As pro and con comments streamed into the FCC about potential changes to the 3.5 GHz Citizens Broadband Radio Services (CBRS) band, Federated Wireless urged the commission to act expeditiously and support final certifications for Spectrum Access System (SAS) administrators and Environmental Sensing Capability (ESC) operators by no later than June 30, 2018.
Federated Wireless is one of the companies aiming to provide SAS services and has been an active participant in the CBRS ecosystem since the get-go. The FCC initially approved rules for CBRS in 2015 but issued a Notice of Proposed Rulemaking last year seeking comments about potential changes to the rules.
While a lot of stakeholders are weighing in on the Priority Access License (PAL) changes, Federated said it sees an even greater urgency to ensure the launch of General Authorized Access (GAA) service in 2018.
“The Commission must support, and not stand in the way of, the tremendous momentum that has built for CBRS,” Federated Wireless said in its Dec. 28 filing.
Federated Wireless itself has conducted more than 30 technical trials and has a number of important field trials underway with various CBRS stakeholders, including Charter, Verizon, American Tower and Arris/Ruckus Wireless. Federated Wireless and its partners are also testing CBRS equipment compatibility with eight different OEM vendors.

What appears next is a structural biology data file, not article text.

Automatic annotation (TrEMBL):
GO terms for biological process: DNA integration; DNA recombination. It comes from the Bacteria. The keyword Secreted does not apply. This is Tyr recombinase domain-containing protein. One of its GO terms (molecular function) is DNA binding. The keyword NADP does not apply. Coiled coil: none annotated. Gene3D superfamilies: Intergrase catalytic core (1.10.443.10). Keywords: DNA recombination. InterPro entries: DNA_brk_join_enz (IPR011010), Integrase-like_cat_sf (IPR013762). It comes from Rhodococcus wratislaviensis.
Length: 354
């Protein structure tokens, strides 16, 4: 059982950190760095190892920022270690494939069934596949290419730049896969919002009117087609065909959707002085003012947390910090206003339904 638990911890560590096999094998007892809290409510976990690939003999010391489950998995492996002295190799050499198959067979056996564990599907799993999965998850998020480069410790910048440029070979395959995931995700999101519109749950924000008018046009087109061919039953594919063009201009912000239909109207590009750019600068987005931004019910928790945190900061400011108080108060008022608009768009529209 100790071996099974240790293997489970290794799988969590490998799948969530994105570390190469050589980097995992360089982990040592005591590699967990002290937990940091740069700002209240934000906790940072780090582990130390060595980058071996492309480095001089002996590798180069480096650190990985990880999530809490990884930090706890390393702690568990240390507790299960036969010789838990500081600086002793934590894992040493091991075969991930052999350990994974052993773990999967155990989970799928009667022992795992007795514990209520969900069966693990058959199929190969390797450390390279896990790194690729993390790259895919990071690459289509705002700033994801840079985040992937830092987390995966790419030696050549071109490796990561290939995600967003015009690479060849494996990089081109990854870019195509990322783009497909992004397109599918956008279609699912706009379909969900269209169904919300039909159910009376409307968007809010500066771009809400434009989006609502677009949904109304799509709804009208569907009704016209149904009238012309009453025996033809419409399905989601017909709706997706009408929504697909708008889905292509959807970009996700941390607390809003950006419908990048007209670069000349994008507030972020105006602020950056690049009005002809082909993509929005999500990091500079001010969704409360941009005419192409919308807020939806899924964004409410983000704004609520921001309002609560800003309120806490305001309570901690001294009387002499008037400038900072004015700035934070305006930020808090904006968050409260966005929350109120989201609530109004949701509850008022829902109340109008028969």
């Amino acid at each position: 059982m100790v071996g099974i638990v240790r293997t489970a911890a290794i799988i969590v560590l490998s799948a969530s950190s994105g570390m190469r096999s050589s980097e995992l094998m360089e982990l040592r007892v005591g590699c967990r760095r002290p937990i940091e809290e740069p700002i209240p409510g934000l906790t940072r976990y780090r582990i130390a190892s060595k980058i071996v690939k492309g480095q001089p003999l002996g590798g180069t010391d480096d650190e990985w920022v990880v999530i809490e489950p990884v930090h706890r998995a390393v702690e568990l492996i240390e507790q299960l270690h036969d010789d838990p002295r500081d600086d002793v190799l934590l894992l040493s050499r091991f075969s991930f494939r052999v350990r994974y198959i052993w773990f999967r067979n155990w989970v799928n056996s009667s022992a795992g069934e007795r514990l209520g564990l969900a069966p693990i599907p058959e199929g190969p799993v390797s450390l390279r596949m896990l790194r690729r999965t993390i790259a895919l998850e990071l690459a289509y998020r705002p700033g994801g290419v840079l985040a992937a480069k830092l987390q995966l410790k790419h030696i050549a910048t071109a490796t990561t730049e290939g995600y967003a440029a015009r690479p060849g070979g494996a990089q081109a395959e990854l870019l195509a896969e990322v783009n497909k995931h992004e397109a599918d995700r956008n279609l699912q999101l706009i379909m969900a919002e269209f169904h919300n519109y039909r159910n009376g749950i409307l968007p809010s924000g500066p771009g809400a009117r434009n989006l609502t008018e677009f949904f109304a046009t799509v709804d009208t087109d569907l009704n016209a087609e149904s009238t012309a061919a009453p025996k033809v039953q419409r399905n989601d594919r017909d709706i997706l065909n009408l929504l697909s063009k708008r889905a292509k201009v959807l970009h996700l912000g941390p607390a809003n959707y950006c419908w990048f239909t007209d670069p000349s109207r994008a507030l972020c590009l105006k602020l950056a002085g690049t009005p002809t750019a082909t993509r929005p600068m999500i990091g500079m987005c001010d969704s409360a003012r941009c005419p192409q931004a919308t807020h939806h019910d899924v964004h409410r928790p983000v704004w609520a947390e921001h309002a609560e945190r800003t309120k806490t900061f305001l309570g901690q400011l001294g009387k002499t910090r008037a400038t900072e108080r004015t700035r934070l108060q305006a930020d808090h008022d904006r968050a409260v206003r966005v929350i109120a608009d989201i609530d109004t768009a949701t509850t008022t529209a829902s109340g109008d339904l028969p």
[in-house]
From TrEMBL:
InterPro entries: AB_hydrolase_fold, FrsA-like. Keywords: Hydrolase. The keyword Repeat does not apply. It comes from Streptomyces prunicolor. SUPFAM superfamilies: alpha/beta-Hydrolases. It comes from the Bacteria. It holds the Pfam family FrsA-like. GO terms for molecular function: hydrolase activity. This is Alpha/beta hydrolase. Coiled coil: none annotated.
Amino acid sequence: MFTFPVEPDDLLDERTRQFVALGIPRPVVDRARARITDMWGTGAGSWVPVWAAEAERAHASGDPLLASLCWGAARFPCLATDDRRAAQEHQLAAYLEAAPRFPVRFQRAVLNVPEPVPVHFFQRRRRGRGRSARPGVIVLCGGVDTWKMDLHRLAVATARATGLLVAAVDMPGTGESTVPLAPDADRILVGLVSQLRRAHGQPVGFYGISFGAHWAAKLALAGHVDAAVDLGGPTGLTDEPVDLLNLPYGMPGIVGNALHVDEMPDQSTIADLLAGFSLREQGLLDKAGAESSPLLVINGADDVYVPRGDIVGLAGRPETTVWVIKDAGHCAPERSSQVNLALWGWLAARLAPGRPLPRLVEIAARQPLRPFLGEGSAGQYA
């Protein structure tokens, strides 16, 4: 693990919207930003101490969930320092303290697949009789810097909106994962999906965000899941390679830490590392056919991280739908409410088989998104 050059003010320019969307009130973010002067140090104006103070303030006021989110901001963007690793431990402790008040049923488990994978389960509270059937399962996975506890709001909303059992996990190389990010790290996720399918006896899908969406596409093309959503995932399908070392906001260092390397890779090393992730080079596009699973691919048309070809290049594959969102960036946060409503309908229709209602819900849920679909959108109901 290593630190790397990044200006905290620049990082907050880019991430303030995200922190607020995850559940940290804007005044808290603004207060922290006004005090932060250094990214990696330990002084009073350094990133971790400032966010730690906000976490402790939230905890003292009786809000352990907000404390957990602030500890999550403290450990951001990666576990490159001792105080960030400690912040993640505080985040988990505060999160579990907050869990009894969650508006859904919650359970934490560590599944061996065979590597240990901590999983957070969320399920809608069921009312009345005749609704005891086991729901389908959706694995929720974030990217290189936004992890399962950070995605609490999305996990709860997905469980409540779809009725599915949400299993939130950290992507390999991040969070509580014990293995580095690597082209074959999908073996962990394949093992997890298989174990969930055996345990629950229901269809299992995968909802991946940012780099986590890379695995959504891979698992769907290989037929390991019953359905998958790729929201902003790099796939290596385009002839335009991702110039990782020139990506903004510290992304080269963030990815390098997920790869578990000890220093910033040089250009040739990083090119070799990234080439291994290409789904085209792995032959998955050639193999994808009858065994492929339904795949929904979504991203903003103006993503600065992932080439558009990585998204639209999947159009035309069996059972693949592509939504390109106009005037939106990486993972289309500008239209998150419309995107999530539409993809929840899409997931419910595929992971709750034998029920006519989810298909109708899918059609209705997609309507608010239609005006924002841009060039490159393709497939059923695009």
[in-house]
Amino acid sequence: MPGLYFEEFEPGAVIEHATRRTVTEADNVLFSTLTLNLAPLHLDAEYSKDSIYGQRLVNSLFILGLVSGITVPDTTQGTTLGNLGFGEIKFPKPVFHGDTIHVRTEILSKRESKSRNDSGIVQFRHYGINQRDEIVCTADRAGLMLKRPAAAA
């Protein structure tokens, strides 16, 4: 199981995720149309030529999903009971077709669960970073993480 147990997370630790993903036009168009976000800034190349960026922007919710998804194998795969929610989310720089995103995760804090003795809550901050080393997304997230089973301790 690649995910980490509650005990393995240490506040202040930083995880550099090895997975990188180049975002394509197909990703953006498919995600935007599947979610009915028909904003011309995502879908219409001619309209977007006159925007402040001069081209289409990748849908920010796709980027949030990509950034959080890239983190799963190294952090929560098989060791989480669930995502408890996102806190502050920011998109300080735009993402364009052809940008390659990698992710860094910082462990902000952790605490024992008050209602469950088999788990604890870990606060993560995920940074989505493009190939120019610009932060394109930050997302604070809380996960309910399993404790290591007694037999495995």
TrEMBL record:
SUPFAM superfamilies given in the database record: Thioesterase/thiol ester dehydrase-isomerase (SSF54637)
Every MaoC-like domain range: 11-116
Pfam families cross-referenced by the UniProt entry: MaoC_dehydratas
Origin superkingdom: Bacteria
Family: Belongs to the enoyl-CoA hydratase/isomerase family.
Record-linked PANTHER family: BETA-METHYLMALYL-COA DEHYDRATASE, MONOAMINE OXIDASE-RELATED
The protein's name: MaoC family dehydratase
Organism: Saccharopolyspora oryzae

Through the trials, Federated Wireless said it has more than 200 Citizens Broadband Service Devices on the air and connected to its SAS—and it’s already processing more than 18,000 spectrum grant requests per week.
Federated Wireless said it agrees with the commission in that the ability to partition and disaggregate a PAL will be an effective way to improve spectral efficiency and facilitate targeted network deployments, particularly if the commission adopts a longer license term or larger license area for PALs.
Included in the Spectrum Controller that Federated is making available is a component known as the ESC Network, a nationwide redundant network of sensors that identify and protect the federal agencies already using the 3.5 GHz band to make sure defense and government communications aren’t impacted by commercial users. Most of the sensors are being positioned on rooftops along the nation's coastline with a line of sight to the coast so they can listen for radar.
Google, which is also aiming to provide SAS services, has been a critic of the FCC's proposed changes to the CBRS rules and said in its filing that it’s opposed to radically expanding the geographic size of the license areas, which is something wireless operators are asking for.
Google is also opposed to calls to hide from public view CBRS registration data that do not reveal competitively sensitive information, saying that restricting public access further would not serve any legitimate competitive purpose and would hamper potential GAA users’ efforts to identify locations and frequencies that are most likely to be available and interference-free.